Properties that take care of their employees means that employees can take care of you.
With COVID-19 restrictions starting to lift, travel dreaming is turning into travel planning. In addition to deciding where to go and when to go, you need to decide what kind of accommodations will make you feel at ease enough to relax and have a good night’s sleep. But how do you decide what’s clean and safe from a virus that’s too small to see? Here’s what you need to consider.
We Want It Clean
COVID-19 brings with it an expectation for a new normal. “Stepping into a hotel, we must feel comfortable knowing that the hotel has done everything possible to protect our health and wellbeing and every detail is looked after,” says Natalia Shuman, EVP and CEO of Bureau Veritas North America, a company that provides testing, inspection, and certification in the COVID-19 context for hotels like Meliá and Accor.
According to a COVID-19 travel survey by Zapwater Communications, 75% of U.S. frequent travelers surveyed said that hotels’ health and safety protocols are the top priority for influencing their immediate travel decisions. But with so much still unknown about COVID-19 (and so much unproven info being shared as fact), it’s hard to figure out what “clean” and “safe” even mean anymore.
The Risks: Other People, the Air, and Touching Things
Everything we do outside of our homes increases the risk of spreading COVID-19 and we each need to determine the kinds of risks we’re comfortable with. If you or someone you contact regularly is at elevated risk for COVID-19, more caution is needed. Scientists are still learning a lot about SARS-CoV-2, the virus that causes the disease that’s infected more than five million people. From what they know now, you can get coronavirus if someone coughs (or even breathes) on you and, though less likely, if you touch something contaminated and then touch a mucous membrane, such as your eyes, nose, or mouth.
Staying at least six feet from people who aren’t in your household is the key way to prevent disease transmission. Early studies also show that aerosolized droplets contaminated with the virus can float in the air for one to three hours (although, because SARS-CoV-2 is a large virus, gravity makes most of it fall to the ground quite quickly). Other COVID studies show that the virus can survive on surfaces for a while: 24 hours on cardboard, and two to three days on plastic (like an elevator button) and stainless steel (like a doorknob).
The bad news is that no matter where we go, there’s a chance we can breathe in the COVID virus or have it enter our eyes, even when alone in a hotel room. Scientists don’t yet know how high those chances are. The good news is, you have control over the key ways to minimize your risk of exposure. Staying six feet away from others is the best way to protect yourself. Wearing a face covering minimizes the risk that you might spread the virus to anyone else. Making sure you have clean hands (the 20-second hand wash) before you touch your face means eliminating the risk of infecting yourself by transferring the virus to your eyes, nose, or mouth. Touching things isn’t the danger—sticking your hand into a petri dish full of the virus won’t make you sick, so long as you wash your hands well before touching your face. And, on May 21, the CDC announced that touching objects is “not thought to be the main way the virus spreads.”
Hotels and other kinds of accommodations are trying to make avoiding the virus as easy as possible for you. Many are working with public health organizations and other experts to develop protocols for how people interact in the hotel environment and how properties are cleaned. As Phil Cordell, Hilton’s Global Head of New Brand Development, says, “we’re coming together with the American Hotel & Lodging Association to look at the guest experience from end to end to see how we can change hotel industry norms, behaviors, and standards.” The goal is ensuring that everyone—guests and employees—feels safe and confident.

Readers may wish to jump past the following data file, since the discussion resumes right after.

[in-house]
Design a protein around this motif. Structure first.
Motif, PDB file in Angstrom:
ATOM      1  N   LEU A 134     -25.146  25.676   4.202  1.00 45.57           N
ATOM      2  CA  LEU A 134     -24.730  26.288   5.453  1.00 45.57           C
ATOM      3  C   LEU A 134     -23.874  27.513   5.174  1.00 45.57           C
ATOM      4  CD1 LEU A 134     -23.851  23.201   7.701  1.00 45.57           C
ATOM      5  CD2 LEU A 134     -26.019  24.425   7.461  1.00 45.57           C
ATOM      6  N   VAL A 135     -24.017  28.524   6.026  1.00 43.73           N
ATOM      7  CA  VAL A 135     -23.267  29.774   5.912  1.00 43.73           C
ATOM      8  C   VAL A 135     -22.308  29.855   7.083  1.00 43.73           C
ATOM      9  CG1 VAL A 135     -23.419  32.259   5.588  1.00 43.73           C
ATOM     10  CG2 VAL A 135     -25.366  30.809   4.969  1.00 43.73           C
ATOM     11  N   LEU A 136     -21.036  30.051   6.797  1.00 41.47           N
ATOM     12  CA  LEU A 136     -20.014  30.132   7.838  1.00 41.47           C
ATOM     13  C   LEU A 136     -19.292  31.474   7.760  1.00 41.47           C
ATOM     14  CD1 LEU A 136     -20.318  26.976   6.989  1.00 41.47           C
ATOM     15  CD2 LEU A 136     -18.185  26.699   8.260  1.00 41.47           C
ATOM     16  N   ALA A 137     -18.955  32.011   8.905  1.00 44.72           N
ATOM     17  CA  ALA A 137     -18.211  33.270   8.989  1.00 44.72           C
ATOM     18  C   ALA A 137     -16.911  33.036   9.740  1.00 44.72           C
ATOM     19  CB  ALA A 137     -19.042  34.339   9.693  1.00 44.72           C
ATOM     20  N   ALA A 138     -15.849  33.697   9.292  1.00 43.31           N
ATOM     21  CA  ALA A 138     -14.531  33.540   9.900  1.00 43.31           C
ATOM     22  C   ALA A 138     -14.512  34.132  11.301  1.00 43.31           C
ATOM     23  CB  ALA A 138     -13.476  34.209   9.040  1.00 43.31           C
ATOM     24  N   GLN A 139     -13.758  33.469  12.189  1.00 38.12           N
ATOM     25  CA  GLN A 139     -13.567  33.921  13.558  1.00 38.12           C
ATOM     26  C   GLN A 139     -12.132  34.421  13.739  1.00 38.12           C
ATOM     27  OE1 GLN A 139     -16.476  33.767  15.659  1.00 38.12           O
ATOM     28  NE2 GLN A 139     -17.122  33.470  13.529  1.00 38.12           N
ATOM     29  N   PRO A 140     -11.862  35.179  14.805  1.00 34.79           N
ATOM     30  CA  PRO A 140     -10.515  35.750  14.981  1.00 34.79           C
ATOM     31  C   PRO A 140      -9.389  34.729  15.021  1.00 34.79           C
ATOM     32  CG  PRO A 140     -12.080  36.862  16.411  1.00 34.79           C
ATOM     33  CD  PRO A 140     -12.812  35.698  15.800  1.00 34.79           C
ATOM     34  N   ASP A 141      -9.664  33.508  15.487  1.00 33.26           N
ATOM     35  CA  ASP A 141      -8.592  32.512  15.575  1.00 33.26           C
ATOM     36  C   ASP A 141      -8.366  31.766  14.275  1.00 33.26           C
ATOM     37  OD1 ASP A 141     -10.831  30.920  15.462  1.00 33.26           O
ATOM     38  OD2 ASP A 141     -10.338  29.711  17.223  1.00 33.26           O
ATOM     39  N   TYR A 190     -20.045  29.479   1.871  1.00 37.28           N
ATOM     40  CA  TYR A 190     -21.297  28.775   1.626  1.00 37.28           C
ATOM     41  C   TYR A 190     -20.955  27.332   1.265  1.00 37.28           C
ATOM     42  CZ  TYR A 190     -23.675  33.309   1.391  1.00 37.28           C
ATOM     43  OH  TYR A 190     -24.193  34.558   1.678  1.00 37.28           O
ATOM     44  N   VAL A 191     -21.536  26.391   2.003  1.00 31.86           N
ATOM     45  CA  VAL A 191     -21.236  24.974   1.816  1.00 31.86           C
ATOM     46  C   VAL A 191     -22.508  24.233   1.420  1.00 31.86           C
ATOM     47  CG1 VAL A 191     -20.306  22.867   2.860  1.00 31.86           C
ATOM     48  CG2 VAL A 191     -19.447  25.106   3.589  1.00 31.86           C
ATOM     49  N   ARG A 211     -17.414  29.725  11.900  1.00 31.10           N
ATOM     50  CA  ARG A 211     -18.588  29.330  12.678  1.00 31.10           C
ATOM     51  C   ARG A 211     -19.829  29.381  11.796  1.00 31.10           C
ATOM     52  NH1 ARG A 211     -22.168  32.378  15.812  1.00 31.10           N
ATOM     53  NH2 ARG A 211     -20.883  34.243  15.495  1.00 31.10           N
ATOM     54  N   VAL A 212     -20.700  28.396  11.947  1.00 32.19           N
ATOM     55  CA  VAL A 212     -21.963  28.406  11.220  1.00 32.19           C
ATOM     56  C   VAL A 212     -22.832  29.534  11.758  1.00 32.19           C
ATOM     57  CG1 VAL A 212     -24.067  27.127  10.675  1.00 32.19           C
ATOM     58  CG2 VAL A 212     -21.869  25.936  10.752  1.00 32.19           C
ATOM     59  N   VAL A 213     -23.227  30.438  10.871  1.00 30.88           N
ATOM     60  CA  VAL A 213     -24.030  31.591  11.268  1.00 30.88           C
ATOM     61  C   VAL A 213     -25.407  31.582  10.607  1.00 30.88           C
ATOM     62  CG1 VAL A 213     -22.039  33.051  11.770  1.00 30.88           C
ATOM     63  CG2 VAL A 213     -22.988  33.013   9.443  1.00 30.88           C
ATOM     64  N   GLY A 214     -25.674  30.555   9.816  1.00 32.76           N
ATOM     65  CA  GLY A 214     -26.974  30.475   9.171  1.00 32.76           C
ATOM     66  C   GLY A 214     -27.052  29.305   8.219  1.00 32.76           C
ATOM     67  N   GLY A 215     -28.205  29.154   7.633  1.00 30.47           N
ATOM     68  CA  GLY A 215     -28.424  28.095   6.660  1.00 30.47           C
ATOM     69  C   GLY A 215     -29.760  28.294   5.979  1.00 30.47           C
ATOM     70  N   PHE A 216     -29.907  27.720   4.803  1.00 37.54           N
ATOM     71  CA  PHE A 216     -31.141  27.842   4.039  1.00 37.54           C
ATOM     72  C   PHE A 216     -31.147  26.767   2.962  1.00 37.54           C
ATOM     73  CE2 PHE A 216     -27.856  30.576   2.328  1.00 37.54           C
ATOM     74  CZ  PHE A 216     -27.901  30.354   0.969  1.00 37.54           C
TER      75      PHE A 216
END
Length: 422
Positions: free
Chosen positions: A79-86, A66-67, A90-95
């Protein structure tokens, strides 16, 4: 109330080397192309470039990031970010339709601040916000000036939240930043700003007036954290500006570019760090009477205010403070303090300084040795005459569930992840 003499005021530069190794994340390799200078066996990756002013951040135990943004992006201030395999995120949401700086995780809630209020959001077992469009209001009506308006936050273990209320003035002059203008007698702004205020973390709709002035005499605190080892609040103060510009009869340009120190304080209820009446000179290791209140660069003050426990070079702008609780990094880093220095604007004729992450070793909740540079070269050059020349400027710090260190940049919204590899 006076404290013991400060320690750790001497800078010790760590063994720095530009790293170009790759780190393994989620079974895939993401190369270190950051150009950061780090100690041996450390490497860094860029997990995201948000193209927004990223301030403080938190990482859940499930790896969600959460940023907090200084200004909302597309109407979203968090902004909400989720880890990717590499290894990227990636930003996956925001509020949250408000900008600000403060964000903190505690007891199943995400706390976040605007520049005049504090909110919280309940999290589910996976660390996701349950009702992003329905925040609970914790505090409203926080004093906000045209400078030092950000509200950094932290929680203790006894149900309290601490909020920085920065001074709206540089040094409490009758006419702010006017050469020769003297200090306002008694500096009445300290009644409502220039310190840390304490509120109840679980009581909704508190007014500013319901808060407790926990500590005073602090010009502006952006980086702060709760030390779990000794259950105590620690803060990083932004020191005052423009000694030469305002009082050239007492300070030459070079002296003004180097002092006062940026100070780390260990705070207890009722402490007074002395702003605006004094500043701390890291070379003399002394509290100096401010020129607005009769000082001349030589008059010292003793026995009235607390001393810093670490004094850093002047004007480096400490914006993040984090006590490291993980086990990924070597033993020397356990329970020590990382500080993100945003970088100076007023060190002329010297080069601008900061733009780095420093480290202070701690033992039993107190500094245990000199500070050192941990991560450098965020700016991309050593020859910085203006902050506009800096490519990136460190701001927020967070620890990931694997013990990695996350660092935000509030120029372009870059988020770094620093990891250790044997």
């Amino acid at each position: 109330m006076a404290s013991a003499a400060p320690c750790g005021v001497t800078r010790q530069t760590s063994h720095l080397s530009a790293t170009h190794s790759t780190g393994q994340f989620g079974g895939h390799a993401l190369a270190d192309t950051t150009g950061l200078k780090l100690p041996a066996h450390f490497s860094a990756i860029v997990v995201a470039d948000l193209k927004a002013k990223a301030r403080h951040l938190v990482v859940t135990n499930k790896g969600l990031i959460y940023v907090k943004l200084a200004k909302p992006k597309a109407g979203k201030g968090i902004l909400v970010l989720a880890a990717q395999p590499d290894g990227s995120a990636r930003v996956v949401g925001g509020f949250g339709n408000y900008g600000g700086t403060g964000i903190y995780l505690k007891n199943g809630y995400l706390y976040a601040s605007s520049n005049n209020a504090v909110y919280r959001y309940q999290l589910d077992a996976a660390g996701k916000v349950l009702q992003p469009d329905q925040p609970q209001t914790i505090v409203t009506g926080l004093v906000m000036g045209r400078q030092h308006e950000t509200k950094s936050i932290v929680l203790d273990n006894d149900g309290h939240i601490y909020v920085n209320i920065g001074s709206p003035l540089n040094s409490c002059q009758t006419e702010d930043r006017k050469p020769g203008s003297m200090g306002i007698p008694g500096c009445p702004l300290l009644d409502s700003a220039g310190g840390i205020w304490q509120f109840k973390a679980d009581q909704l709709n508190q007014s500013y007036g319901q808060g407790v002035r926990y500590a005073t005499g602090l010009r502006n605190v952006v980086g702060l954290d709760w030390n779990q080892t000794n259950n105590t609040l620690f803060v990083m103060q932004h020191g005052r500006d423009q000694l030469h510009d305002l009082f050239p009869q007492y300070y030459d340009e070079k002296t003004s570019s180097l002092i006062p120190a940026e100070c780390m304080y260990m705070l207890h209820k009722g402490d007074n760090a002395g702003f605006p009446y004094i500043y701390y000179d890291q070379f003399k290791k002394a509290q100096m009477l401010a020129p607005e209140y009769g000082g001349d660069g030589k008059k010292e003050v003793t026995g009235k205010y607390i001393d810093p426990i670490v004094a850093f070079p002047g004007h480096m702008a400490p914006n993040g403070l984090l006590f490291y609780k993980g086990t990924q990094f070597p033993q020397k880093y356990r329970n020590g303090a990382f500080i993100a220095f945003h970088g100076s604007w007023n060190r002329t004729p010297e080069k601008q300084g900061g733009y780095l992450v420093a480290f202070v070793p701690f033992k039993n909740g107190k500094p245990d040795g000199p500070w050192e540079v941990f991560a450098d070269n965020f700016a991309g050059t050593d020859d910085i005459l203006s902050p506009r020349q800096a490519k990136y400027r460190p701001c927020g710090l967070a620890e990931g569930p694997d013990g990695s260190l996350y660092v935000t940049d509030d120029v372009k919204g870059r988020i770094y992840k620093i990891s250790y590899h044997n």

Ok, first let’s get all the different options out on the table. When you’re not staying at home, there’s a huge range of accommodations out there and each has a different set of risk factors.
On the home share side, you’ve got everything from Couchsurfing on an air mattress in someone’s living room, Airbnbing a room in someone’s apartment, or perhaps booking the whole flat. You can rent a privately-owned tiny cottage, an entire house, or a multi-bedroom beachfront villa.
There’s an even wider range on the hotel side. Choose from drive-up motels where you access your room from an outdoor hallway and can avoid elevators. Or, there’s traditional tower-style hotels in all price ranges, from budget to luxury. Other options are boutique hotels with just a handful of rooms and huge resorts with more than 1,000. You can even book a villa on a private island like Cayo Espanto and never see anyone but the houseman who brings your meals and drinks to your veranda.
Your hotel room will have a bedroom and bathroom, maybe a living room, perhaps multiple bedrooms, and might have a kitchen and laundry facilities. It might come with an in-room coffee maker, perhaps offer a free breakfast, or might be an all-inclusive resort providing all your meals, drinks, and sports equipment. Properties might be owned by an individual family or company, part of a big chain like Marriott, or under the umbrella of a brand like Relais & Châteaux.
In between home shares and hotels, you have B&Bs, where you book a room in a house, sometimes with a shared bath, with your host making breakfast for you. You can rent a privately-owned condo or villa with kitchen and laundry in a resort complex, such as Turks and Caicos’ Ocean Club Resorts or Mexico’s Vivo Resorts. They’re managed like hotel rooms with the same kind of amenities and professional housekeeping as in a hotel, though the unit owners might have left some personal decorations or specialty kitchen items. Hostels are booked like hotels, but generally have shared dorm rooms and bathrooms.
The Most and Least Risky
The closer you get to other people, the greater your chance of exposure to the virus. So, Couchsurfing and hostel dorms are the riskiest accommodation options. Next on the list is places with private bedrooms but shared bathrooms, as when you book a spare room in someone else’s home or when you’re at a B&B with shared bathrooms.
At the other extreme, ultra-luxe options will provide you with much more space and privacy. But even if you declined the butler, twice-daily housekeeping, minibar restocking, turndown service, and all the other niceties of a high-end stay, it’s unlikely you can be left completely alone. For example, your private plunge pool still needs to be maintained and gardens watered.